HEP adherence for neck and LBP


While I have an outpatient that suffers from something other than back or neck pain, I found this intellectually stimulating as it is about the different aspects of adherence. What makes a patient do all the exercises in a HEP? Why do they do all the repetitions you prescribe? And what about the prescribed number of times per week? What should you consider as you develop a HEP for a patient? (note: this article is not specific to geriatric populations).

Medina-Mirapeix F, Escolar-Reina P, Gascón-Cánovas JJ, Montilla-Herrador J, Jimeno-Serrano FJ, Collins SM. Predictive factors of adherence to frequency and duration components in home exercise programs for neck and low back pain: an observational study. BMC Musculoskeletal Disorders 2009, 10:155 doi:10.1186/1471-2474-10-155.
Why the study matters: Exercise has been shown to be a benefit to those with neck and back pain but adherence to a HEP is problematic with an estimate of 50% or less. Adherence can be impacted by socio-demographics, social support, motivation, illness, environment, the program itself, or the provider itself. Self-efficacy (SE) is a consistent predictor of adherence, whereas pain intensity has shown variability in predicting adherence. In healthy people there is evidence that determinants to the frequency of the HEP is different than the determinants of the duration of a HEP, but it is unknown if these differences are found in those in PT and performing a HEP for chronic neck and LBP.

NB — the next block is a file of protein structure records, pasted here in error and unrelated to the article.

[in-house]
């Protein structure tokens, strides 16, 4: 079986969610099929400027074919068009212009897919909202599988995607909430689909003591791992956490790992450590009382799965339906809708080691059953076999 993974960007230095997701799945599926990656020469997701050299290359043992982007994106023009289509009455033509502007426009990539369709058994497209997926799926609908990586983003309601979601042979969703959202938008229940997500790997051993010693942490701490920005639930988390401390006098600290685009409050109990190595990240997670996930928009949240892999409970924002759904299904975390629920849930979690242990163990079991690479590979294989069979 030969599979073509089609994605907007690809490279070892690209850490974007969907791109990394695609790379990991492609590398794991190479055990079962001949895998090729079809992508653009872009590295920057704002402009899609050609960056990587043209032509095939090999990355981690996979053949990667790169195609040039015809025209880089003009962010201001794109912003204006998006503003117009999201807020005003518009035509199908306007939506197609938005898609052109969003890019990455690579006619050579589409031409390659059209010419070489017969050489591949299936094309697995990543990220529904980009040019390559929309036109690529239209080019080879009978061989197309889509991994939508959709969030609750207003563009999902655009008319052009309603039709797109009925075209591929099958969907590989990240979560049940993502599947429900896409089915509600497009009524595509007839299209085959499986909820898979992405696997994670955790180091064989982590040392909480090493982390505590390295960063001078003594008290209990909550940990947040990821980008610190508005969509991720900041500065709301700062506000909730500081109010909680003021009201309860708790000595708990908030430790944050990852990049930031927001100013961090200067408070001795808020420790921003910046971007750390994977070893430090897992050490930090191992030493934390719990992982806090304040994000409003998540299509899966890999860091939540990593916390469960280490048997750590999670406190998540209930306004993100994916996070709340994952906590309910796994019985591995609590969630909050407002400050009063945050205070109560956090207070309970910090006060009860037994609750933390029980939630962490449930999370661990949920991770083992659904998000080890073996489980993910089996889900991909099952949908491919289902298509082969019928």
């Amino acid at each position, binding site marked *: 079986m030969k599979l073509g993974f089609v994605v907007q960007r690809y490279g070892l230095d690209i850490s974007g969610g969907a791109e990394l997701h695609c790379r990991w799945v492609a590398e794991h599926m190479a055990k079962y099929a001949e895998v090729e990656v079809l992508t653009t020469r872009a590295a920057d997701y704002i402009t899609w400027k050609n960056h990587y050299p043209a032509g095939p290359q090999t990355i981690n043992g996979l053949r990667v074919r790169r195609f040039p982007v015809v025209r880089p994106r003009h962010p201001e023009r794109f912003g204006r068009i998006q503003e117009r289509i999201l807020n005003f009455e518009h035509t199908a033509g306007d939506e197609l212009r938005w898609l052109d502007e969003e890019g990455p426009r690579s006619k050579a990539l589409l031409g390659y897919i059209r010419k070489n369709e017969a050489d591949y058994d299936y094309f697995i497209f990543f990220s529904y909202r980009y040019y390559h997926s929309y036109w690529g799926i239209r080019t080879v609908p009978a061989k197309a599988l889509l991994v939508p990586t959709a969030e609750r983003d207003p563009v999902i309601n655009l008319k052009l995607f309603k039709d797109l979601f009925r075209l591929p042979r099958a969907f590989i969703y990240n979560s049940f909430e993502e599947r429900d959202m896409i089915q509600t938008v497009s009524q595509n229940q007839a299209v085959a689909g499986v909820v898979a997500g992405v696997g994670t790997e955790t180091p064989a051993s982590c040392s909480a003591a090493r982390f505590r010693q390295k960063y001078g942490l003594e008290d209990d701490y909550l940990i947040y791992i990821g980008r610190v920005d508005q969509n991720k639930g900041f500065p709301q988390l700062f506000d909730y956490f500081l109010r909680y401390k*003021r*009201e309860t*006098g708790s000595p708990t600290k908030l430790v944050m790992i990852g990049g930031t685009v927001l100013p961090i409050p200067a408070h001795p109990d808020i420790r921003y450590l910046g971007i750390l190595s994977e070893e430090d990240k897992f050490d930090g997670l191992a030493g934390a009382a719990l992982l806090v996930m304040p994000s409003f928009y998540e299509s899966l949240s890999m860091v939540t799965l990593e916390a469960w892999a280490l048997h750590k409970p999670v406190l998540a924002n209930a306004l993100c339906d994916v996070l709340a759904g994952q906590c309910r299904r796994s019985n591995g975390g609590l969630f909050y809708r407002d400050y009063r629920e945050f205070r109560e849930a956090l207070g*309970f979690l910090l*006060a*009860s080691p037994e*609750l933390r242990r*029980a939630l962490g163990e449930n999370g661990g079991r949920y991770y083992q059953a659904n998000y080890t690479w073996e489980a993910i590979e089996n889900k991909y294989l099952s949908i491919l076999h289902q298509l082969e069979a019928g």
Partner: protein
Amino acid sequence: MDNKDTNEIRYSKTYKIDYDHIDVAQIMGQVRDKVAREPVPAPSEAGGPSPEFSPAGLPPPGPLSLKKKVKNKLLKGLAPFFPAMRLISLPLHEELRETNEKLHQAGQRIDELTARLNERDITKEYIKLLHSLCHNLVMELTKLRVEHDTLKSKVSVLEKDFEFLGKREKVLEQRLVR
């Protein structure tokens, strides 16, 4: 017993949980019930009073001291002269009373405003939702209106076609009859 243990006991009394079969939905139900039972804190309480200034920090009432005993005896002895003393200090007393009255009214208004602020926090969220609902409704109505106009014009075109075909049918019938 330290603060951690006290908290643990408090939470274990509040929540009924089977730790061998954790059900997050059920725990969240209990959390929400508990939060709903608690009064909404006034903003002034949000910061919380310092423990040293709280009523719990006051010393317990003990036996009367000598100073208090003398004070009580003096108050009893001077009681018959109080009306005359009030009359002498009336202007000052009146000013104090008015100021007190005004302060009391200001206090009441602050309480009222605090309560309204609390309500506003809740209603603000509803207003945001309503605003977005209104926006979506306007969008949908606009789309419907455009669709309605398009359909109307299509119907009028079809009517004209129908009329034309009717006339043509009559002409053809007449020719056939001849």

Hypotheses: The researchers did not clearly delineate a hypothesis, but the purposes of the study were to determine whether patients with neck or low back pain have different rates of adherence to exercise components of frequency per week and duration per session when prescribed with a home exercise program, and to identify if adherence to both exercise components are predicted by distinct factors.”

Outcome measures: Mailed questionnaire “about the quality of clinical encounters with the [PT] during the intervention program, environmental factors and adherence behavior to [HEP] during the last week.” Predictive factors were measured before, during and after PT treatment. The questionnaire utilized a Likert scale (5=always to 1=never) for perceived barriers and emotional support, and an adapted version of a SE scale about the subjects confidence in performing the HEP. Patient satisfaction with clinical encounters was rated on a continuous scale (0-10) and the behavior of information-providing was rated yes/no (clarifying doubts, giving information about the condition, and justifying advice). Adherence was “measured as compliance to each prescribed component (frequency and duration) to the HEP (never, seldom, often, almost always, always). Adherence was then treated as dichotomous with adherent being always or almost always.

Subjects/ patients: Subjects were included if they had chronic (>3 months) of non-specific neck or LBP and received PT in primary care centers in Spain. Exclusion criteria included 70 yrs old, illiterate or unable to write, cognitive deficit (Alzheimers, dementia, etc), unable to attend all sessions of PT, or if the PT ordered a cessation of the HEP .